Limiting NFS And Samba Connections

I use the same subnet for my LAN wired and wireless networks. The wireless network uses a pass phrase and WPA2+AES encryption.

I provide a separate wireless network on my router for house guests. The guest network requires a pass phrase and uses WPA2+AES encryption. I do not hide the SSID in either wireless network. Guests then know that two wireless networks exist, but they cannot connect to either because of the pass phrases.

I do not expect house guests to use any wired ports in the house. If they need a wired connection, I have two VLANs configured. Both VLAN subnets are different from my LAN and guest wireless subnets.

Through this approach guests cannot discover the subnet of my LAN.

Generally I trust the people who visit long term. Yet I accept human nature. At times humans can be a tad too curious. I do not have eyes in the back of my head and cannot monitor people 24/7.

I use static IP addresses in my LAN. With a home network I never felt compelled to use DHCP and stayed with the static addresses. Even with virtual machines, at most I might have a dozen systems on the LAN. I could use DHCP and assign permanent DHCP addresses, but I like the simplicity of static addresses.

This design helps me hide my LAN systems from curious house guests.

Most people use and are only familiar with DHCP. Curious house guests would have to know I am using static IP addresses. They would have to know how to reconfigure their computers for static IP addresses, which most do not. They need to know the subnet I am using.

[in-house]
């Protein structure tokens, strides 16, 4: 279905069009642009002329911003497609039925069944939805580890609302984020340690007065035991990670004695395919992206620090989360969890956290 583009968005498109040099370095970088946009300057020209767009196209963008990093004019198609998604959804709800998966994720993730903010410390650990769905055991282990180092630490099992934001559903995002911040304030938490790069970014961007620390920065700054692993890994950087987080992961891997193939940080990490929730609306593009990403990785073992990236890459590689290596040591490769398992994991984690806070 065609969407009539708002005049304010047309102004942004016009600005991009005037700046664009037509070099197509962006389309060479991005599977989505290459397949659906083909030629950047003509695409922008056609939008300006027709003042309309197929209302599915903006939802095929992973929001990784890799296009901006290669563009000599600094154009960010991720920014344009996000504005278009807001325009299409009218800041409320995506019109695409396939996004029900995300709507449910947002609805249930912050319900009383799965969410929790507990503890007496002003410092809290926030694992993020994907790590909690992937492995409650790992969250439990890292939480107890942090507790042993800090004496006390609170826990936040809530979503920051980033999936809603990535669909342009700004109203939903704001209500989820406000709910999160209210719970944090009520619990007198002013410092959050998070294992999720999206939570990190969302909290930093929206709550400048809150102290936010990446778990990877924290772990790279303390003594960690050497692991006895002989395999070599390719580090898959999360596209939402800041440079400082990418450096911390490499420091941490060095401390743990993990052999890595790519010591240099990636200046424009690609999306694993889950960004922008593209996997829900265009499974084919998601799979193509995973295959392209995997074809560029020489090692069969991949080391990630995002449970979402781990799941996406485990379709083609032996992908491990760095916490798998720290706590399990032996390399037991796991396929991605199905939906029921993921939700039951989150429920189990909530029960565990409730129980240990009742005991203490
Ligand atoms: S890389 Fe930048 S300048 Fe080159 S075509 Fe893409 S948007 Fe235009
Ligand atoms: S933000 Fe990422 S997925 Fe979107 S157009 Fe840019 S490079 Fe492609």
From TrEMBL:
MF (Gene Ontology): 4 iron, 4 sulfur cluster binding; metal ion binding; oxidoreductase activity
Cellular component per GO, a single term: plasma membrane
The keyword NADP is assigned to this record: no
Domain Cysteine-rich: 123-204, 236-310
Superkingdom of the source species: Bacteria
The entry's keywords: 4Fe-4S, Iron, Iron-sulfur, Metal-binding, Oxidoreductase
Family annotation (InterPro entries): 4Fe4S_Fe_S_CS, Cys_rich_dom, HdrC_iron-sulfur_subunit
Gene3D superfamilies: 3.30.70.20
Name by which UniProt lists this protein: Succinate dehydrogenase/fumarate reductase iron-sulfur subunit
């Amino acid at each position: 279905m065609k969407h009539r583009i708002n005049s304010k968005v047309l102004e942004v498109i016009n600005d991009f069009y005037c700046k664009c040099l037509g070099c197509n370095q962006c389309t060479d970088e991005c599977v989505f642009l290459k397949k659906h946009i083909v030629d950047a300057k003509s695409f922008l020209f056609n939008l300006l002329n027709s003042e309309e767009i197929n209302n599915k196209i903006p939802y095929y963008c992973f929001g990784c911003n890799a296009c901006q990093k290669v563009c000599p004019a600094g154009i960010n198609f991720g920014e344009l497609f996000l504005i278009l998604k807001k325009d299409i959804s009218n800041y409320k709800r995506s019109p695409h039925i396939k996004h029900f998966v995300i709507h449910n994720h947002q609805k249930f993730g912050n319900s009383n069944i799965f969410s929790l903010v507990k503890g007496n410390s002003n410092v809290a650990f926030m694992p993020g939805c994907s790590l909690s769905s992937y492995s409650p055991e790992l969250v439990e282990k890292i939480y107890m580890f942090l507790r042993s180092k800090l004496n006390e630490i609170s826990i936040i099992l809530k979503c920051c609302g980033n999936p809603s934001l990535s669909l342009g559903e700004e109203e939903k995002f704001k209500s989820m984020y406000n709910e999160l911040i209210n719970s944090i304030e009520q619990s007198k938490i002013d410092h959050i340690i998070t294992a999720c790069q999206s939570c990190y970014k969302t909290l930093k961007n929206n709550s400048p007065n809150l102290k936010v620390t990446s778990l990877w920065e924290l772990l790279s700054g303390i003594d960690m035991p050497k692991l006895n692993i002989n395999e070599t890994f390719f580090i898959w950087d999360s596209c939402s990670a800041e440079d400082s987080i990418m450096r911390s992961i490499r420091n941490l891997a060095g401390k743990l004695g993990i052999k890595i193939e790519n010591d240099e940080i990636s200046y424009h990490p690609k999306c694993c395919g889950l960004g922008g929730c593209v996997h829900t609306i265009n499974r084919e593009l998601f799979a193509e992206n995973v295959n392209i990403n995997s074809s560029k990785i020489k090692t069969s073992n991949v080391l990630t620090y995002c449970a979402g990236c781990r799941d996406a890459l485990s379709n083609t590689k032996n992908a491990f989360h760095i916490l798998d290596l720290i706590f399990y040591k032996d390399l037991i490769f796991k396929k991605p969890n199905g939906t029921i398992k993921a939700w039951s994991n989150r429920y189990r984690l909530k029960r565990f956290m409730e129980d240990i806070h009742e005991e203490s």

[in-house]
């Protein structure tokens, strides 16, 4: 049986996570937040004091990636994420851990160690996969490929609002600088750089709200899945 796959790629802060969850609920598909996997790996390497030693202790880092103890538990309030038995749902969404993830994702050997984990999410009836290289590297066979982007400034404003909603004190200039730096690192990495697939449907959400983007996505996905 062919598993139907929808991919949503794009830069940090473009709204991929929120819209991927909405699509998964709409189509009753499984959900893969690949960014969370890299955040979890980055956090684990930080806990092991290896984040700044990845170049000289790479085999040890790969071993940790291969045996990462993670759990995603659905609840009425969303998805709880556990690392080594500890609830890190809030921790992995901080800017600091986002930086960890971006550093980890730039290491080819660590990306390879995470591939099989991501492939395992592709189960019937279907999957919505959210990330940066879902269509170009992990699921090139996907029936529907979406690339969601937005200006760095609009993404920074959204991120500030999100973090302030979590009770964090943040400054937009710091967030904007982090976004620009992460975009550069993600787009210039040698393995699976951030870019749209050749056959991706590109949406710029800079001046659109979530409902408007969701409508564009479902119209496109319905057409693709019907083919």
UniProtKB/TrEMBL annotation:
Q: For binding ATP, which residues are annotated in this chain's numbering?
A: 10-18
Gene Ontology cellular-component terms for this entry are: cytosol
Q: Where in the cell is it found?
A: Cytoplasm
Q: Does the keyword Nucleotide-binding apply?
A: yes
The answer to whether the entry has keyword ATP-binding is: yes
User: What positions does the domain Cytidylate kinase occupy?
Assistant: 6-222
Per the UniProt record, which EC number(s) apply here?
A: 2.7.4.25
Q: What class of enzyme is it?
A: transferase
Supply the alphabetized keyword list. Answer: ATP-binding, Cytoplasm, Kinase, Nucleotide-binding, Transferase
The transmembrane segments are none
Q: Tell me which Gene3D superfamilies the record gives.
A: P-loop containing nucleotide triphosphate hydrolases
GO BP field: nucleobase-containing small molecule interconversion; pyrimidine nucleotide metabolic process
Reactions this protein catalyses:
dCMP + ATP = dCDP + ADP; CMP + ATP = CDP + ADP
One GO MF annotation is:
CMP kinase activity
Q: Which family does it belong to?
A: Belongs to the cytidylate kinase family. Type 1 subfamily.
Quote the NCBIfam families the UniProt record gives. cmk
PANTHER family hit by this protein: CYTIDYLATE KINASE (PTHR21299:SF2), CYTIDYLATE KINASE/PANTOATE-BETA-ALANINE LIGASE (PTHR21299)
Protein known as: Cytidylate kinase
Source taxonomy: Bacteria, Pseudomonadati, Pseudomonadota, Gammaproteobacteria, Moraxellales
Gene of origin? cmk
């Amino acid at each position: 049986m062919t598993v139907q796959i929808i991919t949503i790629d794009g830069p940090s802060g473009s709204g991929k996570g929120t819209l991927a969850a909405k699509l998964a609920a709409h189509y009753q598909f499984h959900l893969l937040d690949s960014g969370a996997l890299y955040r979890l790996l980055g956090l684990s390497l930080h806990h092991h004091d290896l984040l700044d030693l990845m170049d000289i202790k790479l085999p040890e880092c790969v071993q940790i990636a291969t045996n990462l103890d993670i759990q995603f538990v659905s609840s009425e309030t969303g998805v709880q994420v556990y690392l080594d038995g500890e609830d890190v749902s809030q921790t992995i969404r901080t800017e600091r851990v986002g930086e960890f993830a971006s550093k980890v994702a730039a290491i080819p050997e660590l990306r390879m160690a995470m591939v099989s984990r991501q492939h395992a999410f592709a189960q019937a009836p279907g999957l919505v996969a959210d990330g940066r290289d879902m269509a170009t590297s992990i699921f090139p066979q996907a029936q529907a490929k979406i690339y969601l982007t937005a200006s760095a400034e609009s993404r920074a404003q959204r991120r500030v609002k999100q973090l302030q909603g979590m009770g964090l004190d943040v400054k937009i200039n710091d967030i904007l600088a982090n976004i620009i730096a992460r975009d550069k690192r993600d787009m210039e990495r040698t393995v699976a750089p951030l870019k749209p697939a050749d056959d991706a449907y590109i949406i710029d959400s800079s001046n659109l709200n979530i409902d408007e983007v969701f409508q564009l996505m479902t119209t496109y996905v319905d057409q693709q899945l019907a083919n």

Usually I do not enable DHCP on the router, but sometimes I enable DHCP for testing. I might forget to disable DHCP after testing. Should somebody get a tad too curious and connect in this manner while I have DHCP enabled, they would discover the subnet of the LAN.

Hardly the end of the world, but I decided to throw a little fun into my configuration.

I have both NFS and Samba configured on my LAN server to allow connections only from within a specific range of the subnet. This range includes the static IP addresses.

I configured my router to provide DHCP addresses outside the preconfigured range. This design prevents curious house guests from trying to snoop the server and private files by connecting to NFS or Samba services.

Five server files are involved:

  • /etc/hosts
  • /etc/exports
  • /etc/samba/smb.conf
  • /etc/hosts.allow
  • /etc/rc.d/rc.firewall

The /etc/hosts file contains the static IP addresses and is replicated to all trusted LAN devices.

The /etc/exports and /etc/samba/smb.conf files use Classless Inter-Domain Routing (CIDR) notation. I use a /25 notation to limit the subnet range from 0 to 127. The directive looks like this:

The /etc/hosts.allow file does not support CIDR, instead using masking. The directive in that file looks like this:


Firewall rules drop ICMP packets and ping requests outside the allowed subnet range.

    iptables -A INPUT -p icmp -s --icmp-type echo-request -j ACCEPT
    iptables -A INPUT -p icmp --icmp-type echo-request -j DROP
    iptables -A icmp_packets -p ICMP -s 0/0 --icmp-type 8 -j DROP

The DD-WRT configuration is performed in the Setup/Basic/Network Address Server Settings (DHCP) section.

Start IP Address:

Basically then, IP addresses from to are trusted systems and IP addresses from to are untrusted. This flexibility allows for various testing routines.

If I forget to disable DHCP on the router, curious house guests who connect to one of the wired ports in the house will be assigned a DHCP address outside the LAN server’s allowed range. Browsing the network for network shares will fail. At most curious house guests only discover the subnet. They cannot discover the IP addresses of any devices by pinging.

Is this strategy foolproof? Hardly. The sand in the gears is sufficient to discourage curious visitors.

Posted: Category: Tutorial, Usability Tagged: General

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